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Eyre

Eyre. The General Eyre, which probably dates from the reign of Henry I and is believed to derive its name from the Latin iter, was a commission issued by the king to officials of the curia regis, who travelled round the kingdom visiting the different regions every few years. The powers given to the travelling justices under the Commission of the General Eyre were extremely wide. During their visitation they took over the county court and summoned inhabitants to answer questions relating to local affairs and taxation, scrutinized the conduct of the sheriff and other local officials, and thus ensured that the king's interests were protected. The commission was ‘Ad omnia placita’—to deal with all kinds of pleas—and in addition to a general local audit, the justices heard pleas of the crown (criminal cases) and common pleas (pleas between subjects). Although not at first oppressive, the General Eyre became feared and unpopular and in the 14th cent. it faded away.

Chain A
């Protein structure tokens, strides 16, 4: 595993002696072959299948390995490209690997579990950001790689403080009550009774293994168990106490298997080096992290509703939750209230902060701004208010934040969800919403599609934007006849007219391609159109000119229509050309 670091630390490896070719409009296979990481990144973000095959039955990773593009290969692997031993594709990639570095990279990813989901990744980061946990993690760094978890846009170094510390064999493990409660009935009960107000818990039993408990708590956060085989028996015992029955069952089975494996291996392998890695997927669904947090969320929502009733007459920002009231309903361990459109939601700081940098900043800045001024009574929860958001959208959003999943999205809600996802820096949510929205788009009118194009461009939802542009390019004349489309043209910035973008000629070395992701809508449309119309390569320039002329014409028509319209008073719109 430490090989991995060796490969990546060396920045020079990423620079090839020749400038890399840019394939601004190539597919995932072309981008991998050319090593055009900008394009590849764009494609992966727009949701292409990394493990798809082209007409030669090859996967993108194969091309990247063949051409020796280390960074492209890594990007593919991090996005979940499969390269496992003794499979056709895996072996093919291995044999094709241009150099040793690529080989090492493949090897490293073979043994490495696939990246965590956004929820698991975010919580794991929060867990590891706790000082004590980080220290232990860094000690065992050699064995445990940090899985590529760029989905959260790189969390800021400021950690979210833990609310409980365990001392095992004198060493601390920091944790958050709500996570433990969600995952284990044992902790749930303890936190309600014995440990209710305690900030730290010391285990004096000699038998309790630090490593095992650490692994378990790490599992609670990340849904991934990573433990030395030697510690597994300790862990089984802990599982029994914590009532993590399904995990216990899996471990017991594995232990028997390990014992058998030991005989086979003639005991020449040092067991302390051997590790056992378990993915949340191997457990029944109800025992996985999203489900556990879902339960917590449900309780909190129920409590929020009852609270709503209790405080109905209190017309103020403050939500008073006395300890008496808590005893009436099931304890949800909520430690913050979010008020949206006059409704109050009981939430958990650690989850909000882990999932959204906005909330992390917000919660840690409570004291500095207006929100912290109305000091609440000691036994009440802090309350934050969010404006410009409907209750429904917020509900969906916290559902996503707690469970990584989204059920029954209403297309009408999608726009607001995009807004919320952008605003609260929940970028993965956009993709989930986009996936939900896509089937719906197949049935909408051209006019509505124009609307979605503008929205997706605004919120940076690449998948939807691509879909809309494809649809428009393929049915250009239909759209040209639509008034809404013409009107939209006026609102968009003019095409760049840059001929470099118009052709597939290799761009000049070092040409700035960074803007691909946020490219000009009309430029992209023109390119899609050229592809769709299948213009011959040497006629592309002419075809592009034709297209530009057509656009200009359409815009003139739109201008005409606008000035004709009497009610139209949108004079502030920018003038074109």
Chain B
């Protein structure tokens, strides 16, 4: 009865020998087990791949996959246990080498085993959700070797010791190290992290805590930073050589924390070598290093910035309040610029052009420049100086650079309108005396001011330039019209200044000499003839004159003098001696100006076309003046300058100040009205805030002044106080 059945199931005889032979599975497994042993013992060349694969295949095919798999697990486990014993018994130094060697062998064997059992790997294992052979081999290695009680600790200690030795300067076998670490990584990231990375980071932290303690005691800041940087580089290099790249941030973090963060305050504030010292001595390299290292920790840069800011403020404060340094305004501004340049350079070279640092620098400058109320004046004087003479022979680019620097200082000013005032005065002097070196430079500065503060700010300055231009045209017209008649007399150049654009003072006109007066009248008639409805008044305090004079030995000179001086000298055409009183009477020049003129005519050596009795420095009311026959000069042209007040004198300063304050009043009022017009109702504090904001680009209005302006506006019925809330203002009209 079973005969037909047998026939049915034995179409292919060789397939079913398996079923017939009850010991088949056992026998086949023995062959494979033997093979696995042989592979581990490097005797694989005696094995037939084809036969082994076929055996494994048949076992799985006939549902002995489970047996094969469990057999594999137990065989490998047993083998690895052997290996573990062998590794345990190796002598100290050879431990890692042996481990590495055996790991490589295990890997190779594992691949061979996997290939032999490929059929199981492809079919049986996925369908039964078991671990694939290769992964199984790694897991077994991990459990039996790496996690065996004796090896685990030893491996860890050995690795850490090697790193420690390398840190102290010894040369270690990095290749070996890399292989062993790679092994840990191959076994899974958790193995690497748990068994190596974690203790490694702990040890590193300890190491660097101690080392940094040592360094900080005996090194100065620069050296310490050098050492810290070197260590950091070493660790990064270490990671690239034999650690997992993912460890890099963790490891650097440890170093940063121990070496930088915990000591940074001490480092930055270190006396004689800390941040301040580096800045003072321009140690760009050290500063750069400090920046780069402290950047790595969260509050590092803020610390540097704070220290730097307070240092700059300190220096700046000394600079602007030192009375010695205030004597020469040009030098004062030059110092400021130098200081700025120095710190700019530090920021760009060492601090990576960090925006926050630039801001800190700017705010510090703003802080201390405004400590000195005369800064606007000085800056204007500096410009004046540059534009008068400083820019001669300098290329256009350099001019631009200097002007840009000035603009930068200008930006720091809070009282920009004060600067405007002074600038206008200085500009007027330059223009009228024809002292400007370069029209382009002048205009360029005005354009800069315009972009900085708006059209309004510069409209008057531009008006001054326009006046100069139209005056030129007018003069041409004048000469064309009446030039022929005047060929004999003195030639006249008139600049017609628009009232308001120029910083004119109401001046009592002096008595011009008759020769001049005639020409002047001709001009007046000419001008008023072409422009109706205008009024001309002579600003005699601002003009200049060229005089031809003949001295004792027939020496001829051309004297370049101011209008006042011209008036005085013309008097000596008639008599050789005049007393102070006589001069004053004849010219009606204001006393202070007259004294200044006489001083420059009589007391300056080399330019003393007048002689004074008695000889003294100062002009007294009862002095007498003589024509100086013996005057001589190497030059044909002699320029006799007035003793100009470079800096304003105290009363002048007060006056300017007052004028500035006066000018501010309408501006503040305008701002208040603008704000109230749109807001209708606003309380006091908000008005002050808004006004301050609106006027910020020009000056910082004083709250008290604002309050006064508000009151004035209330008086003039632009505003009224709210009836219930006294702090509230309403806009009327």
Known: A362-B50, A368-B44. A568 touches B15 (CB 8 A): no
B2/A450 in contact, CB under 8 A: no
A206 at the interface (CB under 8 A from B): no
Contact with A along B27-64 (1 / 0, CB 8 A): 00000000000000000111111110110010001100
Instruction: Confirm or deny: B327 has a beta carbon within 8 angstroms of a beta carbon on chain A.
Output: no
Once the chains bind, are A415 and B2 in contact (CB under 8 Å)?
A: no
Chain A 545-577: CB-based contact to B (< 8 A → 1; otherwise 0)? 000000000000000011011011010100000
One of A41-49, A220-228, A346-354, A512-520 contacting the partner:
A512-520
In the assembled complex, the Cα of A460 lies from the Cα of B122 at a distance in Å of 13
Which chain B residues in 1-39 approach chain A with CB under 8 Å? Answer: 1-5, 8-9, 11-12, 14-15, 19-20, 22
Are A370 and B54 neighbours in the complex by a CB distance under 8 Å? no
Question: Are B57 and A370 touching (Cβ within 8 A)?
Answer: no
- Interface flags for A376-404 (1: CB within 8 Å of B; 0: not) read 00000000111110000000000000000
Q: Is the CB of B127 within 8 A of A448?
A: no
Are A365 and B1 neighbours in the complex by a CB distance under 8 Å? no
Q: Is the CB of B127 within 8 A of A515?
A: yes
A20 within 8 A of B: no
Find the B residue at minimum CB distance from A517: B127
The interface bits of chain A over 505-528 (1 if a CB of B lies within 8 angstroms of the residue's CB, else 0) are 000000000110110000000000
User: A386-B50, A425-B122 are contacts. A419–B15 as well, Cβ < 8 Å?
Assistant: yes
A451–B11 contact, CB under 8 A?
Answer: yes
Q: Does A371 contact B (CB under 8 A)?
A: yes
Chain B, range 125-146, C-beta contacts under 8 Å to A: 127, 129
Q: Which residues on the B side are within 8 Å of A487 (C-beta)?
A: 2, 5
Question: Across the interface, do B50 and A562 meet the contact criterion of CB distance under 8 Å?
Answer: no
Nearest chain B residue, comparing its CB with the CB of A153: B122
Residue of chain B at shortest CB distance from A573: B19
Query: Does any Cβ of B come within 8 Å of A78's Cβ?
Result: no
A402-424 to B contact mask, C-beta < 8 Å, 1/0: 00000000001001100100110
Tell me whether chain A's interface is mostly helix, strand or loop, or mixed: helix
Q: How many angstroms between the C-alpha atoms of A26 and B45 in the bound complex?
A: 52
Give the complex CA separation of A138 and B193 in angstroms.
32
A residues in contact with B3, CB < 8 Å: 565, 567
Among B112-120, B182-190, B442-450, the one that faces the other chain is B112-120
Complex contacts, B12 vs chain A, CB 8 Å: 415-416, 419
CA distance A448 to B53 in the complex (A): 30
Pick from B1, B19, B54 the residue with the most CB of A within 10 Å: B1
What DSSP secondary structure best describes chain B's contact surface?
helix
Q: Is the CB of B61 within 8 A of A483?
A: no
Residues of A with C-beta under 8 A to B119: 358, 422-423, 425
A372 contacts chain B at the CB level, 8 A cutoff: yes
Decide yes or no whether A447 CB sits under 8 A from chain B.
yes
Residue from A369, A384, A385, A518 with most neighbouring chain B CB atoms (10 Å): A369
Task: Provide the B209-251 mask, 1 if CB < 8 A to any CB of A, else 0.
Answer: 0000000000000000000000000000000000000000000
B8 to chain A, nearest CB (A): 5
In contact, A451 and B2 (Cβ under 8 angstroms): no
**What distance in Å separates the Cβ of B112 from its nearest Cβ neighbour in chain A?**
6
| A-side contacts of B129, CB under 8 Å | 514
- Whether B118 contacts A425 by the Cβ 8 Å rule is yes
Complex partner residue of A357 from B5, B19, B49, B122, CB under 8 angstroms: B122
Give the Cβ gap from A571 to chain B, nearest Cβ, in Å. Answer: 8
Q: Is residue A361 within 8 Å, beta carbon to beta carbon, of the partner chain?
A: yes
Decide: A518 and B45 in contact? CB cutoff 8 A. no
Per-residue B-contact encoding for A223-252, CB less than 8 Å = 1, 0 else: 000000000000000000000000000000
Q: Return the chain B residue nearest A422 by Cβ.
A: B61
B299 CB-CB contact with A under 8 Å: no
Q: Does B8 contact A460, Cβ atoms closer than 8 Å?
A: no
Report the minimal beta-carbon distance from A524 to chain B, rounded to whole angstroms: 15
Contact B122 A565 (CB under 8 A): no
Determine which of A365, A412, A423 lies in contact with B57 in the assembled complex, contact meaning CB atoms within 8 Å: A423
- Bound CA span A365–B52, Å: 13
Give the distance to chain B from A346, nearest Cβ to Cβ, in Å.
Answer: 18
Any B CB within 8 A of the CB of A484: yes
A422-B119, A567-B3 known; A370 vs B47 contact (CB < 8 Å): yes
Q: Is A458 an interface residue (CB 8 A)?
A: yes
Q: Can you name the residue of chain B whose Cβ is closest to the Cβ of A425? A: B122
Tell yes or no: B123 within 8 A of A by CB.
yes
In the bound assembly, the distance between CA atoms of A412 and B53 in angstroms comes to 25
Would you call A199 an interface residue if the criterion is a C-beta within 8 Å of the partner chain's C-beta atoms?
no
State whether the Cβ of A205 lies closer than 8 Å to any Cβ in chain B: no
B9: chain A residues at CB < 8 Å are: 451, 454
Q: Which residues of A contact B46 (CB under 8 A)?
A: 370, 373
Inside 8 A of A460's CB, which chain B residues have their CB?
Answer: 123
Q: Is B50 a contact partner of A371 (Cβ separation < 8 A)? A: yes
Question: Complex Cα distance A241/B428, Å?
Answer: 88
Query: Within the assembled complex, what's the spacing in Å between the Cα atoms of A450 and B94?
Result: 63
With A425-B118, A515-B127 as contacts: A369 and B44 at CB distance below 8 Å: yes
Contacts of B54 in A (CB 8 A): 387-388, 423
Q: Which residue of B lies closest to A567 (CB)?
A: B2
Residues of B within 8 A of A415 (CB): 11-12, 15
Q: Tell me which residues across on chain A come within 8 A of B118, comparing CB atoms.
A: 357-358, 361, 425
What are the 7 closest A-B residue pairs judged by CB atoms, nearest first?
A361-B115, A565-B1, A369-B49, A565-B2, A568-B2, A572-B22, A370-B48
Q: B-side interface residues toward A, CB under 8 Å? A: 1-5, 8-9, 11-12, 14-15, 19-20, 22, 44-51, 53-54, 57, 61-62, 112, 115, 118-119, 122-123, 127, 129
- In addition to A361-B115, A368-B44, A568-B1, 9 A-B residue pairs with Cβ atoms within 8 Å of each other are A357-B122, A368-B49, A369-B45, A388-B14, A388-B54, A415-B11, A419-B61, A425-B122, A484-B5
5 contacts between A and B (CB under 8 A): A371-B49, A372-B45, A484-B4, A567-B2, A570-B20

Maureen Mulholland

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Eyre

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